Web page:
What are the precautions?

Relative contraindications include left main coronary stenosis, severe arterial hypertension, electrolyte abnormalities, hypertrophic obstructive cardiomyopathy and uncontrolled arrhythmia.

In the presence of a relative contraindication the test may still proceed if the benefit of identifying ischaemia outweighs the risk of performing the test.

It is important to ensure that the appropriate stress modality is ordered: if patients cannot walk at a reasonable workload, order an imaging pharmacological stress test (eg. dobutamine stress echocardiogram or persantin nuclear stress test), noting that a stress ECG cannot be done on its own using pharmacological stress.

Should I take my medications the day of the test?

Since many over-the-counter medications contain caffeine (such as diet pills, No Doz®, Excedrin® and Anacin®), DO NOT take any over-the-counter medication that contains caffeine for 24 hours before the test.

Ask your physician, pharmacist or nurse if you have questions about other medications that may contain caffeine.

DO NOT take the following heart medications on the day of your test unless your physician tells you otherwise or if it is needed to treat chest discomfort the day of the test:

  • Isosorbide dinitrate (for example: Dilatrate®, Isordil®)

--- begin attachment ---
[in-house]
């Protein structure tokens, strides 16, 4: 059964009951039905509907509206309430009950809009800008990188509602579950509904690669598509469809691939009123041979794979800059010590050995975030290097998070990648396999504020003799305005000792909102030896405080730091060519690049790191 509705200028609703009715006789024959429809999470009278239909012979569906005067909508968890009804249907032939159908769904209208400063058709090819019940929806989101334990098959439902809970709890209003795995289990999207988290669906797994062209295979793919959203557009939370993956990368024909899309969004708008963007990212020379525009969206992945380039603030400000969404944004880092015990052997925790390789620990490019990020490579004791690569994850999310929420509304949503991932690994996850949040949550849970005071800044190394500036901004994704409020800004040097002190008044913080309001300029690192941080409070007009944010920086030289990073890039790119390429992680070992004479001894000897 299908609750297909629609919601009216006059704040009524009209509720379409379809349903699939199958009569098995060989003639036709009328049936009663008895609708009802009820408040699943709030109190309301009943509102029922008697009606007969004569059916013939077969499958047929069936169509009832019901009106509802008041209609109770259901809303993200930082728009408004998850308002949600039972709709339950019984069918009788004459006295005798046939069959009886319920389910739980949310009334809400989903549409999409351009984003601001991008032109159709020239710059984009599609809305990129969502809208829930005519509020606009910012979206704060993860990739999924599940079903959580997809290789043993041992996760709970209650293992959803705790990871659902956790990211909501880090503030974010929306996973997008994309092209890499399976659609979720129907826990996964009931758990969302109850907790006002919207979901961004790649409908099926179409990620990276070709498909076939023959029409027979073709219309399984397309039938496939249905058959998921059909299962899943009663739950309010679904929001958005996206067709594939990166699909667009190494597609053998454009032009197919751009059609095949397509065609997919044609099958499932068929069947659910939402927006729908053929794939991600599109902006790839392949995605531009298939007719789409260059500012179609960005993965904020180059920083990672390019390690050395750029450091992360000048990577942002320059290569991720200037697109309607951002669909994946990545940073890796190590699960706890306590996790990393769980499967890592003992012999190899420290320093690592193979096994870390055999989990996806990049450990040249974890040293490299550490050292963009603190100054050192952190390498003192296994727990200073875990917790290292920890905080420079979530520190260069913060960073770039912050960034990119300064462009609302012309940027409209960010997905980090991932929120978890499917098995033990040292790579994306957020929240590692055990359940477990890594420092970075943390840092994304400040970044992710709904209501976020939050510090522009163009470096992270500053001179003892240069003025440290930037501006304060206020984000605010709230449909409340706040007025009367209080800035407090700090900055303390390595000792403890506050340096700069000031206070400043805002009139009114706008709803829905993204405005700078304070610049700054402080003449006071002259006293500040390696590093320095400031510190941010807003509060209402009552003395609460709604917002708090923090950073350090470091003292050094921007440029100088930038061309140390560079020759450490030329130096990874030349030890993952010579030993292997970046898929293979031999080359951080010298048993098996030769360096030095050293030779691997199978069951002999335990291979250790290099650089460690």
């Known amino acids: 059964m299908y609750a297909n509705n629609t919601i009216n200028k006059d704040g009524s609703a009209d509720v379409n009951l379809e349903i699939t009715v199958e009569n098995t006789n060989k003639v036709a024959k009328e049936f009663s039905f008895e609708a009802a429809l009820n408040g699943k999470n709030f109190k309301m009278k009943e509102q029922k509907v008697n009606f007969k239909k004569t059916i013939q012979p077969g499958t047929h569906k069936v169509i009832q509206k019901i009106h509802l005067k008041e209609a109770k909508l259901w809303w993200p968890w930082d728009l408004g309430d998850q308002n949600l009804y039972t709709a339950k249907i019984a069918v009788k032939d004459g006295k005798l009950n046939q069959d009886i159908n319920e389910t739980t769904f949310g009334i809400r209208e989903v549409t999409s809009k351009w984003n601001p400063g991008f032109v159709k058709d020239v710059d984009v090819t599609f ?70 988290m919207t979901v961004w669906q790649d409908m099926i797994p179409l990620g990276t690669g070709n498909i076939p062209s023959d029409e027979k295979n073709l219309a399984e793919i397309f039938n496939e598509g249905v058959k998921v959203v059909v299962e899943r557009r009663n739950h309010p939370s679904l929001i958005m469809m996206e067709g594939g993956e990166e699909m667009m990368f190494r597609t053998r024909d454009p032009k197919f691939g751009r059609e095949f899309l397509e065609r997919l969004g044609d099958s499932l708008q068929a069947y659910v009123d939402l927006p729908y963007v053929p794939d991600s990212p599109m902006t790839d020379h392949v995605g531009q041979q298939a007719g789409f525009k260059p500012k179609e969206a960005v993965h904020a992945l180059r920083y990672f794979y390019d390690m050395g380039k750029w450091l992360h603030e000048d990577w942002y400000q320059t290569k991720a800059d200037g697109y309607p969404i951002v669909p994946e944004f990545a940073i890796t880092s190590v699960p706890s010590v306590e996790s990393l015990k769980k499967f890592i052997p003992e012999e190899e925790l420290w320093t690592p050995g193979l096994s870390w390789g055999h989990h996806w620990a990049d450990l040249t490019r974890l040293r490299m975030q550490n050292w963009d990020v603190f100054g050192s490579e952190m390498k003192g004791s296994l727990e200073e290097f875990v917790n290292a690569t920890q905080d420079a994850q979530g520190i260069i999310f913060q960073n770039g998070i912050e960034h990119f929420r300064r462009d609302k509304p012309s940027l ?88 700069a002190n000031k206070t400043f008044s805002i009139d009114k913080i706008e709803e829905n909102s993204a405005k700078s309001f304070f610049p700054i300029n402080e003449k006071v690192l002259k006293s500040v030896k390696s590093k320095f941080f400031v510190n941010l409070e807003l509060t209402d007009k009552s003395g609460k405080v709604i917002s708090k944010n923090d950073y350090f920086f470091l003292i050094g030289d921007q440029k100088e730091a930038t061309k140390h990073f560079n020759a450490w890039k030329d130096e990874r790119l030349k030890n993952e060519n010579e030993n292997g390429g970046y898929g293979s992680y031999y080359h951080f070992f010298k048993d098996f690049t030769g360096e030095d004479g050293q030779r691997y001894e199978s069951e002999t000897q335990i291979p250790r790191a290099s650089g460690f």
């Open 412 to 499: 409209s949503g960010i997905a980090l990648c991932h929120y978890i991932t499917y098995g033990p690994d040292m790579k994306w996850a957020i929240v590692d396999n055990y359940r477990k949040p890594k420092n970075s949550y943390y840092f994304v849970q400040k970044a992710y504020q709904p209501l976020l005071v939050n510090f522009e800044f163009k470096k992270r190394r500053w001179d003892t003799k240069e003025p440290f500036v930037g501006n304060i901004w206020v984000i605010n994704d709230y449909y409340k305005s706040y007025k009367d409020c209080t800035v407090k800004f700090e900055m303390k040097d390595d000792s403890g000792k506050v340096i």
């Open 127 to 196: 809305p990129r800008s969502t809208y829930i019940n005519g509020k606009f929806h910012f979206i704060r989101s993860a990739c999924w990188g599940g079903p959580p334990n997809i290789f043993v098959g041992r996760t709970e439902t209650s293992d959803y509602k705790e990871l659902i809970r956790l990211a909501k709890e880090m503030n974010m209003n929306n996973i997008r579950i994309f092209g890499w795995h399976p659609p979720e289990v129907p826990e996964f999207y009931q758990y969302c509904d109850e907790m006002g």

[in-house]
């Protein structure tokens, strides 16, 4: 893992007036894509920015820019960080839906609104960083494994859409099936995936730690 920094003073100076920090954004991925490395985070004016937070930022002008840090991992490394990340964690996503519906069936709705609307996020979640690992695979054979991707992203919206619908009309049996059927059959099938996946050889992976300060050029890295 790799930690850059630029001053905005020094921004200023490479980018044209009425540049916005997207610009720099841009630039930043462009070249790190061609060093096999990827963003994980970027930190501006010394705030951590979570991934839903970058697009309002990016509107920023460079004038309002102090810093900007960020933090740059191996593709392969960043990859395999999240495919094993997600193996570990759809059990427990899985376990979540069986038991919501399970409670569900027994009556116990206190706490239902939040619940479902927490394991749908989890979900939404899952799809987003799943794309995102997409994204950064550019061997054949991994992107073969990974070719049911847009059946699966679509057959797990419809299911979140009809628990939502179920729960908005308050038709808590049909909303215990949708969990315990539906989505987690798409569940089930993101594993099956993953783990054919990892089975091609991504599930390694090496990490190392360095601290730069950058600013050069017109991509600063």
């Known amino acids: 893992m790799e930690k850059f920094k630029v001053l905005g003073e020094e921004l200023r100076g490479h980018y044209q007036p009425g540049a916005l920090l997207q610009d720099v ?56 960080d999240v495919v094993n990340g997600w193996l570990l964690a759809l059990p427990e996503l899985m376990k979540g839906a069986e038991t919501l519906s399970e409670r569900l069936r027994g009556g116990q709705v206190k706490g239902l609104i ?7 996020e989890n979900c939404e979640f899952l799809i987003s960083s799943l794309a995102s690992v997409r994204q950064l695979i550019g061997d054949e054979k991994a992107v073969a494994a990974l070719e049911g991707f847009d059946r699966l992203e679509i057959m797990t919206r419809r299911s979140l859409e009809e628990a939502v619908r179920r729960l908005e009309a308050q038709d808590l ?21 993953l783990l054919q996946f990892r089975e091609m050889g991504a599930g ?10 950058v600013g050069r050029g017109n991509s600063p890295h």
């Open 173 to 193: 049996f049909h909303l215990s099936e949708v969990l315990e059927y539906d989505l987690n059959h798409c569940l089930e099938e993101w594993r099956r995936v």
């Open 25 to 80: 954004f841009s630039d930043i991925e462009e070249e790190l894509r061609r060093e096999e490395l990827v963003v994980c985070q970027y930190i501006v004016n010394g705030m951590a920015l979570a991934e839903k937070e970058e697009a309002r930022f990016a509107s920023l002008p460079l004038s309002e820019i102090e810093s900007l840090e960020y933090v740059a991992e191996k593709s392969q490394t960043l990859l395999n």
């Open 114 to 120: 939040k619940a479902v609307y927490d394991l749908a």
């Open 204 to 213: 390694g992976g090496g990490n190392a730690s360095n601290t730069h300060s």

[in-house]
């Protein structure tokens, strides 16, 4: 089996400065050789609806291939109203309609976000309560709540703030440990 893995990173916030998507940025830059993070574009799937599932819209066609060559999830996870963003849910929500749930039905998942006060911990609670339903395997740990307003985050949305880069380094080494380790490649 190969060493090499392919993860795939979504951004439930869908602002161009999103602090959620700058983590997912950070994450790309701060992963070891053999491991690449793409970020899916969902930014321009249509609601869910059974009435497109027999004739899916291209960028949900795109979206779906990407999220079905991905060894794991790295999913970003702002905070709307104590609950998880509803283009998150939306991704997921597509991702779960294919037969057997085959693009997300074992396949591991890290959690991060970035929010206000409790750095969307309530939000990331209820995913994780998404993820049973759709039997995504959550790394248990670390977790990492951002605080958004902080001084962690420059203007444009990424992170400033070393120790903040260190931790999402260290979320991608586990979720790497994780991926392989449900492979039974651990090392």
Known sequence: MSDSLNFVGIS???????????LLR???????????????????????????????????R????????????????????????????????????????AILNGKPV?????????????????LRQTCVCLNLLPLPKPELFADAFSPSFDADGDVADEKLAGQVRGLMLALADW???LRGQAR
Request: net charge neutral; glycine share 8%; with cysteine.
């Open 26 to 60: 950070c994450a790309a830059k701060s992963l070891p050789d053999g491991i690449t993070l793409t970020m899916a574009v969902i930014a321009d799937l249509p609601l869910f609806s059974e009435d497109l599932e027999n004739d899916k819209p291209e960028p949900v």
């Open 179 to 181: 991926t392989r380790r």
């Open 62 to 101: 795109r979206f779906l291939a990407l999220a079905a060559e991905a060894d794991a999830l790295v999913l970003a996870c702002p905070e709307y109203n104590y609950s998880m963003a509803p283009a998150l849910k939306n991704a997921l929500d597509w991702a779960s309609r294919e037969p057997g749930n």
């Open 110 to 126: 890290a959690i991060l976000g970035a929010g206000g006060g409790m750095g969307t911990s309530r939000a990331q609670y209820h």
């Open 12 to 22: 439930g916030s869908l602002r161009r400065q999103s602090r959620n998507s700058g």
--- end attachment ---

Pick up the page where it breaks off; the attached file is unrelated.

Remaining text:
• Isosorbide mononitrate (for example: Imdur®, Ismo®, Monoket®)
  • Nitroglycerin (for example: Minitran®, Nitropatches®, Nitrostat®)

Your physician may also ask you to stop taking other heart medications on the day of your test. If you have any questions about your medications, ask your physician.

If you use an inhaler for your breathing, please bring it to the test.

NOTE: Do not discontinue any medication without first talking with your physician.

Guidelines for people with diabetes

If you take insulin to control your blood sugar, ask your physician what amount of your medication you should take the day of the test. Often, your physician will tell you to take only half of your usual morning dose and to eat a light meal four hours before the test.

If you take pills to control your blood sugar, do not take your medication until after the test is complete.

Do not take your diabetes medication and skip a meal before the test.

If you own a glucose monitor, bring it with you to check your blood sugar levels before and after your test. If you think your blood sugar is low, tell the lab personnel immediately. Plan to eat and take your diabetes medication following your test.

What should I wear on the day of the test?

Please wear or bring comfortable clothes and shoes suitable for walking. Please do not bring valuables. You will be given a locker to store your belongings during the test.

What happens during the test?

Your test will take place in the Stress Lab. The testing area is supervised by a physician.

First, a stress lab technician will gently rub 10 small areas on your chest and place electrodes (small, flat, sticky patches) on these areas.

The electrodes are attached to an electrocardiograph (EKG) monitor that charts your heart’s electrical activity during the test.

Before you start exercising, the technician will perform a resting EKG, measure your resting heart rate and take your blood pressure.

You will exercise on a treadmill. The lab personnel will ask you to start exercising and will gradually increase the intensity of exercise. You will be asked to continue exercising until you are exhausted.